- Operator Precedence
- Arithmetic Operators
- Assignment Operators
- Bitwise Operators
- Comparison Operators
- Error Control Operators
- Execution Operators
- Incrementing/Decrementing Operators
- Logical Operators
- String Operators
- Array Operators
- Type Operators

An operator is something that takes one or more values (or expressions, in programming jargon) and yields another value (so that the construction itself becomes an expression).

Operators can be grouped according to the number of values they take. Unary operators take only one value, for example `!`

(the logical not operator) or `++`

(the increment operator). Binary operators take two values, such as the familiar arithmetical operators `+`

(plus) and `-`

(minus), and the majority of PHP operators fall into this category. Finally, there is a single ternary operator, `? :`

, which takes three values; this is usually referred to simply as "the ternary operator" (although it could perhaps more properly be called the conditional operator).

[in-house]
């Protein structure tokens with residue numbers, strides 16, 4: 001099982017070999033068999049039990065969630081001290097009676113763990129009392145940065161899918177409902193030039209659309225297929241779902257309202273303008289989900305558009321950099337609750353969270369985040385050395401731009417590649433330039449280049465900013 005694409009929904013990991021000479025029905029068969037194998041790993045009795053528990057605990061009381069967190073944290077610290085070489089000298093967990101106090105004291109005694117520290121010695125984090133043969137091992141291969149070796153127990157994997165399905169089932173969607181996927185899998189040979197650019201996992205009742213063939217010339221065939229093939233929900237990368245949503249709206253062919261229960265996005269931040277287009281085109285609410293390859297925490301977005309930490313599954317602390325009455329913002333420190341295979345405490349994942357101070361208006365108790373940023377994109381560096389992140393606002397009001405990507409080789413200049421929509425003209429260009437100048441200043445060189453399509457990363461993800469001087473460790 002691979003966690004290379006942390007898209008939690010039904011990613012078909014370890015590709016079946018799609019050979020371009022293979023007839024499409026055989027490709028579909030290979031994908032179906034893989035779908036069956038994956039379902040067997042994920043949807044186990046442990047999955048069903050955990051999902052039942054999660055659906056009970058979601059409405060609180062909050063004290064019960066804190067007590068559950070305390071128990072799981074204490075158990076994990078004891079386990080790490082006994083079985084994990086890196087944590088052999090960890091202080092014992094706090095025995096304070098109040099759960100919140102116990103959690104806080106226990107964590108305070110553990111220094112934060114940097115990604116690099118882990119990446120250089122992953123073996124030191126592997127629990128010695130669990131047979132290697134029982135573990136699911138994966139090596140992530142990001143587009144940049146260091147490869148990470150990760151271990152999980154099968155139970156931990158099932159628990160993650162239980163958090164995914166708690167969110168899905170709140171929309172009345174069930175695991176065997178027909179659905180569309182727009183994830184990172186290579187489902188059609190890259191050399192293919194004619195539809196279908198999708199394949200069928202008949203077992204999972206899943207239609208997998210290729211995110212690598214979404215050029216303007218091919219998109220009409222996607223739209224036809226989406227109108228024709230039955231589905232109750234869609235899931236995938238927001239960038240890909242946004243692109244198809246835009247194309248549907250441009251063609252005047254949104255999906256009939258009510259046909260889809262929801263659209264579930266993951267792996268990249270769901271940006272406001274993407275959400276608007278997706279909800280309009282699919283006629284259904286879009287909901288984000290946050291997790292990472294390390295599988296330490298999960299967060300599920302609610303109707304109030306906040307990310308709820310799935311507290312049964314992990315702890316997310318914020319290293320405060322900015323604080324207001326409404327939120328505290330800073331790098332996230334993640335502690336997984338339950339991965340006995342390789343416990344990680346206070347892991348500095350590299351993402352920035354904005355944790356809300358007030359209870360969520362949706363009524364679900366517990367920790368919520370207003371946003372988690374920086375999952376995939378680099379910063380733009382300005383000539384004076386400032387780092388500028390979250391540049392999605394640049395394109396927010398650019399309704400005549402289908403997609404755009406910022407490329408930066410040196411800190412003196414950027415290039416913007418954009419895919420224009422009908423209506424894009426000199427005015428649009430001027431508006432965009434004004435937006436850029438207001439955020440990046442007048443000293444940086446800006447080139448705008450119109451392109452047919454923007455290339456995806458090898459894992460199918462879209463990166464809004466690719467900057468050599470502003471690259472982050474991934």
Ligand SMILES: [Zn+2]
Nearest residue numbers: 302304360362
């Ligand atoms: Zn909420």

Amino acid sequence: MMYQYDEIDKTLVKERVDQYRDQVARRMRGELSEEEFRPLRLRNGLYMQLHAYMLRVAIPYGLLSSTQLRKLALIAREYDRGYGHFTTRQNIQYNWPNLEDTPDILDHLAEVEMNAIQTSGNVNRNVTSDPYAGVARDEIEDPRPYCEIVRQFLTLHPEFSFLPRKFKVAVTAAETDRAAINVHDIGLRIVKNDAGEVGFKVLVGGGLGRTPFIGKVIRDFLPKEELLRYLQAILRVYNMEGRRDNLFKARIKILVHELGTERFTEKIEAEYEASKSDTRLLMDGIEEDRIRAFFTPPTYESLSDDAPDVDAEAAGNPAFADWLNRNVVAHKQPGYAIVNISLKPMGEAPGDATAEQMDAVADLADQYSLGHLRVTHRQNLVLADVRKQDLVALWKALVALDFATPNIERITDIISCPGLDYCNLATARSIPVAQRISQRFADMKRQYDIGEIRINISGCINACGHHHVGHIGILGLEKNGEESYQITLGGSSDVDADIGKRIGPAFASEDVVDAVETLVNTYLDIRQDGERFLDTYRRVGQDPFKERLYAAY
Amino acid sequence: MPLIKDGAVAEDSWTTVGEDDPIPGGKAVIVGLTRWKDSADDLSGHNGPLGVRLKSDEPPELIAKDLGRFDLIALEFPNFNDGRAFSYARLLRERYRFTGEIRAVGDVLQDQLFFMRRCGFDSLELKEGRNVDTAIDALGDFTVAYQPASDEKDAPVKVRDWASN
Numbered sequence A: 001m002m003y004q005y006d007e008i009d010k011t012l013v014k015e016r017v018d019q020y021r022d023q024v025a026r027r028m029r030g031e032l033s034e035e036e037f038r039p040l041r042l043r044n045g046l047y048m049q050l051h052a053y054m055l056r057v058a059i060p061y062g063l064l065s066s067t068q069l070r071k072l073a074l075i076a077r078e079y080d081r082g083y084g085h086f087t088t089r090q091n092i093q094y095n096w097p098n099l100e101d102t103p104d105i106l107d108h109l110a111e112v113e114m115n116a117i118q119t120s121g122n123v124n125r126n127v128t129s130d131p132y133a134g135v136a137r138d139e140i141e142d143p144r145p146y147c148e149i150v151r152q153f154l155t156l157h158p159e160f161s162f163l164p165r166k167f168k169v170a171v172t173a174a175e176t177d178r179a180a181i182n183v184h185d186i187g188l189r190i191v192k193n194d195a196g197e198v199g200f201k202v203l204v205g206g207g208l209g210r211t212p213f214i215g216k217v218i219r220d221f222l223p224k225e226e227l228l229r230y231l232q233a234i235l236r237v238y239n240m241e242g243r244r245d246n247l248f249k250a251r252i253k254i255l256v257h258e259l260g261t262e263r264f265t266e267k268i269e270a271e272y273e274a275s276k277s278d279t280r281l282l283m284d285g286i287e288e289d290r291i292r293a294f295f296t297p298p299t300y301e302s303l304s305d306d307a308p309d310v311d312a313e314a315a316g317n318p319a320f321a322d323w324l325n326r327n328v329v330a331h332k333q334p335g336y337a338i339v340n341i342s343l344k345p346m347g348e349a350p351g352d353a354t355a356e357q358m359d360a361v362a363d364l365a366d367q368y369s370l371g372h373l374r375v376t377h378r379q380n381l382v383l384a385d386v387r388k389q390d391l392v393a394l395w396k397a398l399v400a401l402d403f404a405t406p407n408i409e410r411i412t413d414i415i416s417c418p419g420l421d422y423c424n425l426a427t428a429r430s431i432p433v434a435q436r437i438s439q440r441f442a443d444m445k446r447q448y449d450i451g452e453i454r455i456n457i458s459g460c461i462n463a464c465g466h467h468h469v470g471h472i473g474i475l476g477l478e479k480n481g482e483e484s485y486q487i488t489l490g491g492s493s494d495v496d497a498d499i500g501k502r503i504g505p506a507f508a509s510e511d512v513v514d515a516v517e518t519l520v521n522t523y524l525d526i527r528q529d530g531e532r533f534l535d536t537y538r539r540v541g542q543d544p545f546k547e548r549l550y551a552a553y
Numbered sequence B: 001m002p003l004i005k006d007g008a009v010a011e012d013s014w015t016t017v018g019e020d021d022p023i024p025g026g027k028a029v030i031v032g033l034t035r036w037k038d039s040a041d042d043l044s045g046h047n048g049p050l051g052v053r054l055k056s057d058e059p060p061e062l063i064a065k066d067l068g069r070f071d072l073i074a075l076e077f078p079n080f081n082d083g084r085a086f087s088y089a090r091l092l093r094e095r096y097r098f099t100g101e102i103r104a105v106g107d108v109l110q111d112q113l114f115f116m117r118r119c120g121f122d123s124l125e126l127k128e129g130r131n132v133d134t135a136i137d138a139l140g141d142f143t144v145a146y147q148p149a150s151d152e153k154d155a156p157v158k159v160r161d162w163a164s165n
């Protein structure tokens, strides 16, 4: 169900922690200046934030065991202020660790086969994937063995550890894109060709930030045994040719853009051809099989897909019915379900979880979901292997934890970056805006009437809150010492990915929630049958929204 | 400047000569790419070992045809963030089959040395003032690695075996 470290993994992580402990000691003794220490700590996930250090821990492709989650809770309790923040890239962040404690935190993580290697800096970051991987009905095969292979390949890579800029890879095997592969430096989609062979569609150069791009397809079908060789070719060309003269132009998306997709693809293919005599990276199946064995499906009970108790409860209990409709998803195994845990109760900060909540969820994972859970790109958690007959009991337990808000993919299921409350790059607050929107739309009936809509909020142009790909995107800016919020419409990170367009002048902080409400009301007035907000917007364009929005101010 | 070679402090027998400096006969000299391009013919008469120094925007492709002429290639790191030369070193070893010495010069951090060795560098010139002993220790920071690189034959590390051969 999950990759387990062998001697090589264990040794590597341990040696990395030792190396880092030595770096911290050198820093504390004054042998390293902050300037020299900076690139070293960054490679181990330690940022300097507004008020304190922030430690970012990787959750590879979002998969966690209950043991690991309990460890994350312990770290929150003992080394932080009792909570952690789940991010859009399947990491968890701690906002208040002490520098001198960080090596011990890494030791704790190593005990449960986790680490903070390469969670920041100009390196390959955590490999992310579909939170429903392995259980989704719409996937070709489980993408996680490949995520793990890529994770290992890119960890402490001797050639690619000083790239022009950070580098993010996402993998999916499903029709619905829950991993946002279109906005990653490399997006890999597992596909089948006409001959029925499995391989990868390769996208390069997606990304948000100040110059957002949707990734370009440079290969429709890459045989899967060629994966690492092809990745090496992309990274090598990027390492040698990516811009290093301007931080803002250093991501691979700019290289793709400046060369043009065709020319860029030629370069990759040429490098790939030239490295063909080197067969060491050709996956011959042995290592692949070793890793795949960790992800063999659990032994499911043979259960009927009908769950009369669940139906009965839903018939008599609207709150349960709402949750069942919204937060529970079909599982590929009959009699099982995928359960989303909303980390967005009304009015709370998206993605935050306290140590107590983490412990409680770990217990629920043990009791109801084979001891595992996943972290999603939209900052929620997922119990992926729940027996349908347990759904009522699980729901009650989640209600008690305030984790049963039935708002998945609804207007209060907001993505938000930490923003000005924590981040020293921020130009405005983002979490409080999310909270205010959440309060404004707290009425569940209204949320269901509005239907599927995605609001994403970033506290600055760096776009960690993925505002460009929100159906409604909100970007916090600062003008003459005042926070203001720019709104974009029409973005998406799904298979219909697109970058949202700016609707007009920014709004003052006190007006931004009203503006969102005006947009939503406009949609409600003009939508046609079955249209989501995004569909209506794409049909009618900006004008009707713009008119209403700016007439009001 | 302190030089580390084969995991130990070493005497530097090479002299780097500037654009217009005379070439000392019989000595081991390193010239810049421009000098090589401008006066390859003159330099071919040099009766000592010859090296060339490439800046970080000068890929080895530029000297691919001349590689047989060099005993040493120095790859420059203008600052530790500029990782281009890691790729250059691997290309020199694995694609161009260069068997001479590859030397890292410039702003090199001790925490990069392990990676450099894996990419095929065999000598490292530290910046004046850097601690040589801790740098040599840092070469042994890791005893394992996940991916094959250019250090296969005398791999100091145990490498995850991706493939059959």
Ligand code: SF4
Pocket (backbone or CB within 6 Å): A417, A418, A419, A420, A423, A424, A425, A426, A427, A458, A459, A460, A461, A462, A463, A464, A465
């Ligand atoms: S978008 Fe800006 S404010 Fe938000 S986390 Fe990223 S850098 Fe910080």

A full list of PHP operators follows in the section Operator Precedence. The section also explains operator precedence and associativity, which govern exactly how expressions containing several different operators are evaluated.

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Licensed under the Creative Commons Attribution License v3.0 or later.

https://www.php.net/manual/en/language.operators.php